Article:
The alliance of the United States and the EU led to three notable successes. First, the alliance was able to prevent the expansion of the ITU’s jurisdiction from “recognized operating agencies” to al l“operating agencies”–including unlicensed providers of Internet services. Second, the treaty now explicitly states that the ITRs do not regulate content. Finally, the U.S. and the EU blocked inclusion of the European Telecommunications Network Operators Association’s(ETNO’s) “sending party pays” proposal. The EU is to be commended for rejecting a proposal from key European industry players. ETNO’s proposal would have required content providers to pay telecom networks to deliver content, like the result of portal searches, to their users. While these successes were critical and make the ITRs more palatable, they were not enough to save the treaty from the U.S. and EU perspective.

Regarding content regulation, the UAE introduced a proposal ostensibly to combat spam and increase network security. Nations objected to the proposal, including the Netherlands, Portugal, Sweden, and the United States, because it went beyond the technical infrastructure of network security and into the regulation of content. Despite this opposition, the Conference ultimately included this proposal as Article 5B of the revised ITRs, which allows Member States to take necessary measures to “prevent the propagation of unsolicited bulk electronic communications and minimize its impact on international telecommunication services.” One country’s spam is another’s free speech. If governments were really concerned about spam, they could have written that article to apply to unsolicited commercial electronic communications. While Article 5B was an unwelcome addition to the ITRs, the U.S. and the EU achieved Article 1.1(a), which states that the ITRs “do not address the content-related aspects of telecommunications.” Article 1.1(a) should serve as a line of defense against those attempting to use the ITRs to sanction content regulation. Still, the inclusion of Article 5B undoubtedly influenced some Member States’ decision not to sign the treaty.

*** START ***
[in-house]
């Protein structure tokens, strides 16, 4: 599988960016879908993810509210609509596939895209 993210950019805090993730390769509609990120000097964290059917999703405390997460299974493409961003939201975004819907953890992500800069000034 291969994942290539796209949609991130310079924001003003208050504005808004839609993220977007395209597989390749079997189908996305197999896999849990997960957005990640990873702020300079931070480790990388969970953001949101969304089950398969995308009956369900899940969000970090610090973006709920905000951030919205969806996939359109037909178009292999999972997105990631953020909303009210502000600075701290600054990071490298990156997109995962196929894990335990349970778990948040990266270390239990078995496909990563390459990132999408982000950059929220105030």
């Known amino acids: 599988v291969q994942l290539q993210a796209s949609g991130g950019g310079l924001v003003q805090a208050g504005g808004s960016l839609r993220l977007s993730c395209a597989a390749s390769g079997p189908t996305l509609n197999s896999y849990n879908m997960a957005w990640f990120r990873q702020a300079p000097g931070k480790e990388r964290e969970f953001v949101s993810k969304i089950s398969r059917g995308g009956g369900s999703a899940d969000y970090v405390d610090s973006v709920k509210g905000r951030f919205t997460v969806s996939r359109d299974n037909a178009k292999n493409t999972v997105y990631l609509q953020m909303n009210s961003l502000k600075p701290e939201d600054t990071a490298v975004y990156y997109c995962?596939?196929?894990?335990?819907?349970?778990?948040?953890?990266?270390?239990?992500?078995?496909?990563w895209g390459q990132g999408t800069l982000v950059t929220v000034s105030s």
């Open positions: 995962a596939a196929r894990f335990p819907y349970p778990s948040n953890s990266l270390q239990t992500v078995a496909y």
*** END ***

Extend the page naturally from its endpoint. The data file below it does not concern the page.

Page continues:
In some ways, the greatest success of the United States and European Union alliance came in blocking a “sending party pays” proposal originally put forth by ETNO. Several months before the Conference ETNO championed a proposal that would force content providers (senders) to pay fees to network operators (in some countries, national governments) in order to transmit content to Internet users. Recognizing that this new arrangement would not only imperil content providers (many of which are in the United States and Europe) but also the ecosystem broadly, the United States strongly opposed the proposal and the European Union’s Common Proposals did not include it. The proposal, however, metastasized in developing countries outside the U.S. and Europe who believed it was an opportunity for economic benefit to state-owned communications companies.

Despite these critical successes, the United States and EU could not surmount an eleventh hour “Resolution” from the UAE to encourage the ITU to take an active role in the administration of the Internet. The proposal, entitled “To foster an enabling environment for greater growth of the Internet,” explicitly encourages the ITU to expand its reach to the Internet. The Resolution includes a principle that many Europeans espoused a few international conferences back: “all governments should have an equal role and responsibility for international Internet governance”. However, at WCIT, the U.S. and the EU worked together to oppose the Resolution. While the Resolution is non-binding and separate from the text of the treaty, there can be little doubt that this Resolution lays the foundation for the ITU to attempt inter-governmental regulation of the Internet—as opposed to governance driven by the bottom-up multi-stakeholder approach.